Where Do Bumblebees Nest? Common Nesting Locations for Bumblebees

If you plan on getting rid of the bumblebees in your yard, you have to find their nest first. But where do you start? Their colonies are oftentimes so well hidden that they’re very difficult to locate. So where do bumblebees nest? And how do you find them?

 Where Do Bumblebees Nest? Common Nesting Locations for Bumblebees

Bumblebee nests are sometimes hard to find if you don't know where to look for them. CC Image courtesy of Phelyan Sanjoin on Flickr

Inside the Bumblebee’s Nest

Locating a bumblebee colony means understanding their nesting behavior. Bumblebees are like a cross between hornets and honey bees. They make hive-like structures, but they don’t last long.

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For bumblebees that live in temperate regions, life usually starts in spring. The queen wakes up from hibernation and looks for the best spot to build a new nest. Once she’s chosen a site, she builds circular or pod-like wax chambers inside it and work with what’s available to her. Sometimes, nests can have a lot of foliage underneath then. That’s because bumblebee queens love to live in abandoned rodent burrows that already have chips, dried leaves and twigs inside them.

The bumblebee queen proceeds to lay her first batch of eggs. She places each one inside a wax pod. Until the eggs hatch, grow into larvae and mature into workers, the queen takes care of them, feeding them nectar and pollen.

Over time, the nest gets larger. Foragers collect pollen and nectar, and workers cultivate the nest. However, this doesn’t last long. The old queen will eventually stop laying worker bee eggs and produce male drones and young new queens instead. The two groups will mature and mate, and the young queens will leave the nest to hibernate. They’ll wake up in spring to start colonies of their own. But for the old nest, it’ll just die out with the remaining bees succumbing to their short lifespan.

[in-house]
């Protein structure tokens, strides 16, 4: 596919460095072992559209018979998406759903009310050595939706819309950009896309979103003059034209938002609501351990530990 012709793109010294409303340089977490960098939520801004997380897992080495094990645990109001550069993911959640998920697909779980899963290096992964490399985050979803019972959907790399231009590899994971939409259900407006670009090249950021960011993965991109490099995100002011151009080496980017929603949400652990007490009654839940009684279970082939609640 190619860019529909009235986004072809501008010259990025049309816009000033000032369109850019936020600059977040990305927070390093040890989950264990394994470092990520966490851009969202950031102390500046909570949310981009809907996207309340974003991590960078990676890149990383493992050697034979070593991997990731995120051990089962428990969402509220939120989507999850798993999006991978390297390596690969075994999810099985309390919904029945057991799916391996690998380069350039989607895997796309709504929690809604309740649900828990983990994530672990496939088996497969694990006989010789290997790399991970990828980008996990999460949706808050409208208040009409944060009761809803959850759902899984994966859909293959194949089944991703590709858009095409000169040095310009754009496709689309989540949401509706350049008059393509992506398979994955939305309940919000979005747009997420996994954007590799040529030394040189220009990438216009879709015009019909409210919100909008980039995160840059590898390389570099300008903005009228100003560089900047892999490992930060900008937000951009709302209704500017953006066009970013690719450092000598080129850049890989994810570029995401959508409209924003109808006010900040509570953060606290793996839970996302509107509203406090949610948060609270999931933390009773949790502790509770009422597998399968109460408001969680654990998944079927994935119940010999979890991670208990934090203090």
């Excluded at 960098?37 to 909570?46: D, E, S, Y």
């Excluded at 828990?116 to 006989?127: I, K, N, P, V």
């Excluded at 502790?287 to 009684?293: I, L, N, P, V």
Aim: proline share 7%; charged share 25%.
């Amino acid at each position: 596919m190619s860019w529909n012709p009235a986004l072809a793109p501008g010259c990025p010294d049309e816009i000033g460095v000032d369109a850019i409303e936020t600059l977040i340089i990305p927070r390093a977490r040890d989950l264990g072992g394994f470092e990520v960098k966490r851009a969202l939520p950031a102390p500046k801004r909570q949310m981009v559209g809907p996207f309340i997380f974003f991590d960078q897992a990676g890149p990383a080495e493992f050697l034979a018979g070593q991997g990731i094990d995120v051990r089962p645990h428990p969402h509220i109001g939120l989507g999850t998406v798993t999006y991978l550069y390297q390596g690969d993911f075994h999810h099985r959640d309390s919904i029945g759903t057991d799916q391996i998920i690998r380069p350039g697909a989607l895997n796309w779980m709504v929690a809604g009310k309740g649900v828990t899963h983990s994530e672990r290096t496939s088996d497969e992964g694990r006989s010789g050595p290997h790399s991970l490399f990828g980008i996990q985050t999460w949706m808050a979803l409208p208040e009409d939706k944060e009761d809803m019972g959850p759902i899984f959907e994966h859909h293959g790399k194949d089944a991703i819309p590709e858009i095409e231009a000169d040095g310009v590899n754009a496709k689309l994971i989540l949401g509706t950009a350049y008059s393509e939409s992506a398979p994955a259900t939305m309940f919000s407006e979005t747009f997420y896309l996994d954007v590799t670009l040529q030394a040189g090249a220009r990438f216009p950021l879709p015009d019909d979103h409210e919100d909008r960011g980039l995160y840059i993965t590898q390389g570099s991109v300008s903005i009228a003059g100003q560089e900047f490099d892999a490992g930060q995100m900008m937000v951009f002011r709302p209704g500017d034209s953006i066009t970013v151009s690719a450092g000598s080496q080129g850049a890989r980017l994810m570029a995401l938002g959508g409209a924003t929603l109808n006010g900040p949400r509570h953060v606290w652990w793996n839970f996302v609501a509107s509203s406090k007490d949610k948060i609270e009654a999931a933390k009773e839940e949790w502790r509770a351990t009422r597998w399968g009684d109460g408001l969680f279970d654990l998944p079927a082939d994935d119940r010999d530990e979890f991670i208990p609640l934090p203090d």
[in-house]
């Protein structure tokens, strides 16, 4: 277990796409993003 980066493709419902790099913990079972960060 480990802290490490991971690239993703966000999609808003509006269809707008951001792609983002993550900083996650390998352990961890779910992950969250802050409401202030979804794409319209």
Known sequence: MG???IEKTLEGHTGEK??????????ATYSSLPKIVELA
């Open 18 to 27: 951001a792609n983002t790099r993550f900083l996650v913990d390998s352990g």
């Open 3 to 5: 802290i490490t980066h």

Where to Find the Nests

So where do bumblebees nest? Well, nesting sites depend on the kind of bumblebee you’re dealing with. Most species build their homes below the ground. They often choose abandoned rodent burrows because they already come with foliage and a roomy cavernous interior. You can identify a bumblebee burrow by checking for little holes in the ground and bees coming in and out of them. There could also be a small mound or a tiny grass clearing.

Bumblebees also nest inside compost heaps, small dirt formations, rock formations and natural under sheds or the ones that are attached to your house. The last one’s not that surprising since there are cases of these bees building homes inside the crawlspace.

Other species are not so hidden from the world. They make due with thick clusters of grass, and they usually choose the tall and thin ones rather than the kind that’s flat and short. There are even species that take advantage of the gaps between tree roots, creating partially exposed nests.

In the end, any grounded place that can give them enough protection from predators and the unpredictable weather is perfect for the bumblebees. And if you do find the nest that you’re looking for, make sure to use the best methods to get rid of it.

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  • September 11, 2017
  • Bees